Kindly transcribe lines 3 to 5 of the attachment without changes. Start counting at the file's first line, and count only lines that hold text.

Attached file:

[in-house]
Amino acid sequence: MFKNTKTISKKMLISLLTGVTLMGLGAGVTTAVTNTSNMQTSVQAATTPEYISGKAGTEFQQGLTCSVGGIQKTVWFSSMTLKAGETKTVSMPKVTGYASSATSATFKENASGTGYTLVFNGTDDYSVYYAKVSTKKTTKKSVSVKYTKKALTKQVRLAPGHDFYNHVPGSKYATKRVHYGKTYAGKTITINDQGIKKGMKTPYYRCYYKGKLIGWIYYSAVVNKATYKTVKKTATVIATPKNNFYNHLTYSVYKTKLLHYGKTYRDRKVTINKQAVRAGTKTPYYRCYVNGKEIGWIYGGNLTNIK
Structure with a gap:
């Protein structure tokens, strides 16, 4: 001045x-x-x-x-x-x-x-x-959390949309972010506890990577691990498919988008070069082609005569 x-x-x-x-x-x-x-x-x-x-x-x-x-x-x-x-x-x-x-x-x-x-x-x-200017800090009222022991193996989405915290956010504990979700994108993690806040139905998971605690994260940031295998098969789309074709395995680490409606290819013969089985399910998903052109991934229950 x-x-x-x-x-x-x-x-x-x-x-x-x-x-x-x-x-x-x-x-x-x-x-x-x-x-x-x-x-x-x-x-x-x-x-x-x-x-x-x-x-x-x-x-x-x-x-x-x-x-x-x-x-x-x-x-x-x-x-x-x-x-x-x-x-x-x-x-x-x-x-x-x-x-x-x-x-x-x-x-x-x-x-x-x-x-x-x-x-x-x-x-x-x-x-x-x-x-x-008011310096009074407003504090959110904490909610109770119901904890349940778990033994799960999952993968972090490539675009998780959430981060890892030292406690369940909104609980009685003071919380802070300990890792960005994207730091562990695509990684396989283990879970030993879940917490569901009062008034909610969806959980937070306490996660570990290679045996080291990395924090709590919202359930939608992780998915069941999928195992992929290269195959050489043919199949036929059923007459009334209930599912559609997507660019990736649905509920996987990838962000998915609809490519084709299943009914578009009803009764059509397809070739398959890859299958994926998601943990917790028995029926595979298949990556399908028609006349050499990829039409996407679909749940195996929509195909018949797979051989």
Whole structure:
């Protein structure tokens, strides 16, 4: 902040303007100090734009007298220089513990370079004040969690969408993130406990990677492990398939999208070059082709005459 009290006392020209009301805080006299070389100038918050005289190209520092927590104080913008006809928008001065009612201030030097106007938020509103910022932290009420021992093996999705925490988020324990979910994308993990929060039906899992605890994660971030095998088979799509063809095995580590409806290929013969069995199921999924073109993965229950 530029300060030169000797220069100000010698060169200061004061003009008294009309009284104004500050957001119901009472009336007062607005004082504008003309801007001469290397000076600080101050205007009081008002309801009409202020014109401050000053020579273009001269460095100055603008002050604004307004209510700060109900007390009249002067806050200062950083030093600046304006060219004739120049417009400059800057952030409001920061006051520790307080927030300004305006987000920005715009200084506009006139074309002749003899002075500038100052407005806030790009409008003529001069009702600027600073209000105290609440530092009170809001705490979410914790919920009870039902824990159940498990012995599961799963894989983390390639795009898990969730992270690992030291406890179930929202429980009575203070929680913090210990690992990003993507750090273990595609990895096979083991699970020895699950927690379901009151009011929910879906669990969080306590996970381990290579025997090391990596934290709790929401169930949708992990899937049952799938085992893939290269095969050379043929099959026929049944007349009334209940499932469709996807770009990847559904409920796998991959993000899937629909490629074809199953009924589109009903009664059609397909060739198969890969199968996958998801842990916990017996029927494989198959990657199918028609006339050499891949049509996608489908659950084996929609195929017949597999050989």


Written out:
Structure with a gap:
């Protein structure tokens, strides 16, 4: 001045x-x-x-x-x-x-x-x-959390949309972010506890990577691990498919988008070069082609005569 x-x-x-x-x-x-x-x-x-x-x-x-x-x-x-x-x-x-x-x-x-x-x-x-200017800090009222022991193996989405915290956010504990979700994108993690806040139905998971605690994260940031295998098969789309074709395995680490409606290819013969089985399910998903052109991934229950 x-x-x-x-x-x-x-x-x-x-x-x-x-x-x-x-x-x-x-x-x-x-x-x-x-x-x-x-x-x-x-x-x-x-x-x-x-x-x-x-x-x-x-x-x-x-x-x-x-x-x-x-x-x-x-x-x-x-x-x-x-x-x-x-x-x-x-x-x-x-x-x-x-x-x-x-x-x-x-x-x-x-x-x-x-x-x-x-x-x-x-x-x-x-x-x-x-x-x-008011310096009074407003504090959110904490909610109770119901904890349940778990033994799960999952993968972090490539675009998780959430981060890892030292406690369940909104609980009685003071919380802070300990890792960005994207730091562990695509990684396989283990879970030993879940917490569901009062008034909610969806959980937070306490996660570990290679045996080291990395924090709590919202359930939608992780998915069941999928195992992929290269195959050489043919199949036929059923007459009334209930599912559609997507660019990736649905509920996987990838962000998915609809490519084709299943009914578009009803009764059509397809070739398959890859299958994926998601943990917790028995029926595979298949990556399908028609006349050499990829039409996407679909749940195996929509195909018949797979051989």
Whole structure: